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I’m giving a big talk next week – a departmental seminar. It’s the first time I’ve had more than 15 minutes to talk about my research, so this talk will be a little more discursive that my usual.

I study speciation, how new species come into being, and one of the things that I want to emphasise is that speciation hasn’t really entered into the broader understanding of what evolution is.Take the one image that describes evolution in modern society:


The March of Progress, Rudolph F. Zallinger. From Time Life’s book Early Man.

The so called “march of progress” has been used to describe the origin of our species thousands upon thousands of times. But it never happened. Only a few of the species depicted are potential ancestors for humans and many of them were contemporaries to each other (as the original diagram makes clear) so can hardly be different steps along a single evolutionary path. 
To try show what really happened, I’ve redrawn “March of Progress” into the “tree of diversification” – trying to show how the species depicted above relate to each other (parts of this tree are very much up for debate, by the way). Bear in mind, I’m only including the species that are represented in the original graphic, if we were to include all the fossil ape species we know about the tree would be much bushier):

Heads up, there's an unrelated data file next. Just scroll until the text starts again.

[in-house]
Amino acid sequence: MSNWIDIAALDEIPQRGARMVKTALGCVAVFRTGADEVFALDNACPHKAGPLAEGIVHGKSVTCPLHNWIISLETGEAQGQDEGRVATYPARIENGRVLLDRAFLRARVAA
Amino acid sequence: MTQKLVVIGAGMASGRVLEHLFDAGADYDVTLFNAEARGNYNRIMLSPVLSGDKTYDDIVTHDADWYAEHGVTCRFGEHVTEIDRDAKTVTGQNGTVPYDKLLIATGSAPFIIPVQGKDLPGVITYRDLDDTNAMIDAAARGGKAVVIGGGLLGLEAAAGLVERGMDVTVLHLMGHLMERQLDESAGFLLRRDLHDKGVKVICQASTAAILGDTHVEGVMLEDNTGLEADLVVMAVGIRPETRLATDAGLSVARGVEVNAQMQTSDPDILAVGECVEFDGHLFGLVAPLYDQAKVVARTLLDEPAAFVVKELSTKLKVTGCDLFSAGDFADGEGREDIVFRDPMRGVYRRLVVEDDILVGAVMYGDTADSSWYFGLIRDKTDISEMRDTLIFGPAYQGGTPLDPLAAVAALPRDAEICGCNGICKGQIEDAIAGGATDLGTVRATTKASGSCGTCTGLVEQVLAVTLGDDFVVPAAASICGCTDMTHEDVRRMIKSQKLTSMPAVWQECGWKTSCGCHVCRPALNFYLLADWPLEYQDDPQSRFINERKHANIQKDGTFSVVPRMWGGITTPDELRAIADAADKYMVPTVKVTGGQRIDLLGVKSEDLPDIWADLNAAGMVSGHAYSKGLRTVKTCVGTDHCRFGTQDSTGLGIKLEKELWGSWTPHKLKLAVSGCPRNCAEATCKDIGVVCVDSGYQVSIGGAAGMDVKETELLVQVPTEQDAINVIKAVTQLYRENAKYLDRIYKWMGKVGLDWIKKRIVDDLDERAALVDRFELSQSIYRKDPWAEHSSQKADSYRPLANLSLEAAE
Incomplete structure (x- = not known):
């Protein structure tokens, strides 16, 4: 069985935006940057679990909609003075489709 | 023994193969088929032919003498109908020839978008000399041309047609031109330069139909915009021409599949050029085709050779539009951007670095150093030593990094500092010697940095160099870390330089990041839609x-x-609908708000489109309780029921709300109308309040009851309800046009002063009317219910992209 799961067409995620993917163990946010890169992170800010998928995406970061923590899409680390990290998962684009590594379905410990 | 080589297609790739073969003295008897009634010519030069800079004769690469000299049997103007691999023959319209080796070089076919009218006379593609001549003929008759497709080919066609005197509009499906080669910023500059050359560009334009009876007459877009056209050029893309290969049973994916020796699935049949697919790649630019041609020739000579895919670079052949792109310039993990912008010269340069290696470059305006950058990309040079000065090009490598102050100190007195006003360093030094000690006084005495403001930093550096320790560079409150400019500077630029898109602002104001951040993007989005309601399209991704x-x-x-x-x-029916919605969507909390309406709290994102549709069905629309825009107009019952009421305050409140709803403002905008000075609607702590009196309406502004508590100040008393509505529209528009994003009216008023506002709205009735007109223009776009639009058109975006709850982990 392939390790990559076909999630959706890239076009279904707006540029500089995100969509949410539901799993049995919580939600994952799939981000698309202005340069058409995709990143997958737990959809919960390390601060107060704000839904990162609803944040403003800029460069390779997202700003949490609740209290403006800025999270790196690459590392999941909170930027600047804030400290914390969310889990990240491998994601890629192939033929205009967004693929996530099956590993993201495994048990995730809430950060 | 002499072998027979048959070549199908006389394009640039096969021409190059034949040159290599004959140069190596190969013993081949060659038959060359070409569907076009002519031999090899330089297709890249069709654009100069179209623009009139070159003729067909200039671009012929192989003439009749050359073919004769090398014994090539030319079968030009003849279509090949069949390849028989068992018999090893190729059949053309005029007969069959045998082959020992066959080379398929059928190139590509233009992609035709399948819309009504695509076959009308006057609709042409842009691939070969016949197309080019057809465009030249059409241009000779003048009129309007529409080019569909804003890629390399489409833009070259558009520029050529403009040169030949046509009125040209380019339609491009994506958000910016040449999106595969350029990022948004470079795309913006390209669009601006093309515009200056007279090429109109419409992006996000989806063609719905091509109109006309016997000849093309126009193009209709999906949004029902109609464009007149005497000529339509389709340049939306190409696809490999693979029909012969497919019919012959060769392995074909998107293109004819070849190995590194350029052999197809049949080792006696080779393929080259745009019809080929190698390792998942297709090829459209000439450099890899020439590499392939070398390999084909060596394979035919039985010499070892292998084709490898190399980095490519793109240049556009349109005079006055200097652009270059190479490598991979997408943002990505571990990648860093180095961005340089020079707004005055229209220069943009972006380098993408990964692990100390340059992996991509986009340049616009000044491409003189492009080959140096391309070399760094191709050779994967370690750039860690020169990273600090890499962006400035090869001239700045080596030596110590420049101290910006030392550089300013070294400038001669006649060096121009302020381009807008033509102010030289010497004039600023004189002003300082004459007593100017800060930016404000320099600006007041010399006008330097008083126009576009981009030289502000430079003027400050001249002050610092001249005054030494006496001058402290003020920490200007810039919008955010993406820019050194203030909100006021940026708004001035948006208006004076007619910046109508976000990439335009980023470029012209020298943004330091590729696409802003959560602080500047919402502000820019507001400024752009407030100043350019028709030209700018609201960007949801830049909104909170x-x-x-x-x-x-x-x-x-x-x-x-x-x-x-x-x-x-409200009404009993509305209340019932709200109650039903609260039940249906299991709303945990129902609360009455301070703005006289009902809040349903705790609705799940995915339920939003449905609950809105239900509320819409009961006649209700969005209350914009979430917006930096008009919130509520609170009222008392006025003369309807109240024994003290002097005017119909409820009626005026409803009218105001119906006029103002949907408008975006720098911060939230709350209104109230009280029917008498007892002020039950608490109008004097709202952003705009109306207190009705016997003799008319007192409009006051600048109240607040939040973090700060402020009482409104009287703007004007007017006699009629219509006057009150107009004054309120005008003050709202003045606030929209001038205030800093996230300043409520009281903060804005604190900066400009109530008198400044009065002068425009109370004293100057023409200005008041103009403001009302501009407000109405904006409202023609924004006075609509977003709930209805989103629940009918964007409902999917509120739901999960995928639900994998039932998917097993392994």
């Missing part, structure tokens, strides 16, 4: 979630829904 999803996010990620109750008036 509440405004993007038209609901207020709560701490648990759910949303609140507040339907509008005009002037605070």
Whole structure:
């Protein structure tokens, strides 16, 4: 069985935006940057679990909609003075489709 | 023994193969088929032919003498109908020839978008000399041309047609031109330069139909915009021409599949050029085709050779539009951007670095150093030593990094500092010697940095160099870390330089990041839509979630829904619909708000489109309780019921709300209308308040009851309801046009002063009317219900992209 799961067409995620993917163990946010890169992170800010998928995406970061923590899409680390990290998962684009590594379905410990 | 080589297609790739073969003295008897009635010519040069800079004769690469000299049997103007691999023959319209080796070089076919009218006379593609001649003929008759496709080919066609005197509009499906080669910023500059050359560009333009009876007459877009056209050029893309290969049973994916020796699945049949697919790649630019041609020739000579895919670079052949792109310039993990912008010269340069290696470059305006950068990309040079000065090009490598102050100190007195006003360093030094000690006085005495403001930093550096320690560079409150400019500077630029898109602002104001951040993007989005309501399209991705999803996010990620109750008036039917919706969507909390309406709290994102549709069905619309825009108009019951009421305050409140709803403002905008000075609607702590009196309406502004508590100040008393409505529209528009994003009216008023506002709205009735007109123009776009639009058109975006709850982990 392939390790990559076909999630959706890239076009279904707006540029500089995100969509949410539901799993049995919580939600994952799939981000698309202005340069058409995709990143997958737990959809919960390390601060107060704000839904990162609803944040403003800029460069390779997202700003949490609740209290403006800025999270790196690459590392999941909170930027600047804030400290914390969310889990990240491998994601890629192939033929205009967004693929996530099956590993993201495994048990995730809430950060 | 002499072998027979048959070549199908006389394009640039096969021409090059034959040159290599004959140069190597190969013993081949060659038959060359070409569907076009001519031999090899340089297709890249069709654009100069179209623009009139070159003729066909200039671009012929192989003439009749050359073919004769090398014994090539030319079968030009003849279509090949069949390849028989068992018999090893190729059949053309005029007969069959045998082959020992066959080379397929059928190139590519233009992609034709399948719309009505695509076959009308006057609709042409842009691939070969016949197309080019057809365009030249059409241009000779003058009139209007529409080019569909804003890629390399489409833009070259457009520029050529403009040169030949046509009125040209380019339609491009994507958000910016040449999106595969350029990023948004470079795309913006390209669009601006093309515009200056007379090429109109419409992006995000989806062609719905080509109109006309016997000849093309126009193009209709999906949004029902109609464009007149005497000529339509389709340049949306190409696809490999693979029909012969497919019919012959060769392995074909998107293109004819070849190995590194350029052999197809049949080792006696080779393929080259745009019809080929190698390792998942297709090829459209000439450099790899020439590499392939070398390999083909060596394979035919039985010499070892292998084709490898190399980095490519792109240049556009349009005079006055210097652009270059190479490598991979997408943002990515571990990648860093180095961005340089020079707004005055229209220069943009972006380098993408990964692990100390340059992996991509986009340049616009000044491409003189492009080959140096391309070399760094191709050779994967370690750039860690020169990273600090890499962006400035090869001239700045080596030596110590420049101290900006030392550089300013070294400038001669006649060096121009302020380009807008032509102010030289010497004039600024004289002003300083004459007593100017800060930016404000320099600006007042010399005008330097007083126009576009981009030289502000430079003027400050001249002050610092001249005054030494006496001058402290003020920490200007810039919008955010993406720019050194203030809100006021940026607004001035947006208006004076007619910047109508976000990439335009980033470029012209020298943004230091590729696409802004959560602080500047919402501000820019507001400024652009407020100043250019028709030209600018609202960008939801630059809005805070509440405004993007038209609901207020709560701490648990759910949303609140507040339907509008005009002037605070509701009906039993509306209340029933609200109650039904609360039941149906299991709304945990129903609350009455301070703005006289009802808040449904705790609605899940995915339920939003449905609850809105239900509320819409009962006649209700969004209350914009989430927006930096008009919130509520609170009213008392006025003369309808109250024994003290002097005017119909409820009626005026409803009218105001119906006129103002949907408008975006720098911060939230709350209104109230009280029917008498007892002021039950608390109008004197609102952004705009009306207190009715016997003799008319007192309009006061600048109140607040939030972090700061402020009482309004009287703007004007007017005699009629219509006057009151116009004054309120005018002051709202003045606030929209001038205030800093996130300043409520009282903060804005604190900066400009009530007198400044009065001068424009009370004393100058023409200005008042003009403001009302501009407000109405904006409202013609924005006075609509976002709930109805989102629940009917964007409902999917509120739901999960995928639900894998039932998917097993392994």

Silhouettes are CC BY-SA by José-Manuel Benitos this image is released under the same license

I think that when you look at it this way it becomes clear that if we want to understand how the organisms depicted in the most famous icon of evoluton came to be we need to focus not just on how changes occur in one lineage, but on how new lineage form and become capable of changing in their own directions. At the moment there are probably 10 million species on earth, and just how they got to be here is surely one of the biggest questions that biology asks us. Speciation and diversification ought to be central to the way we think about evolution.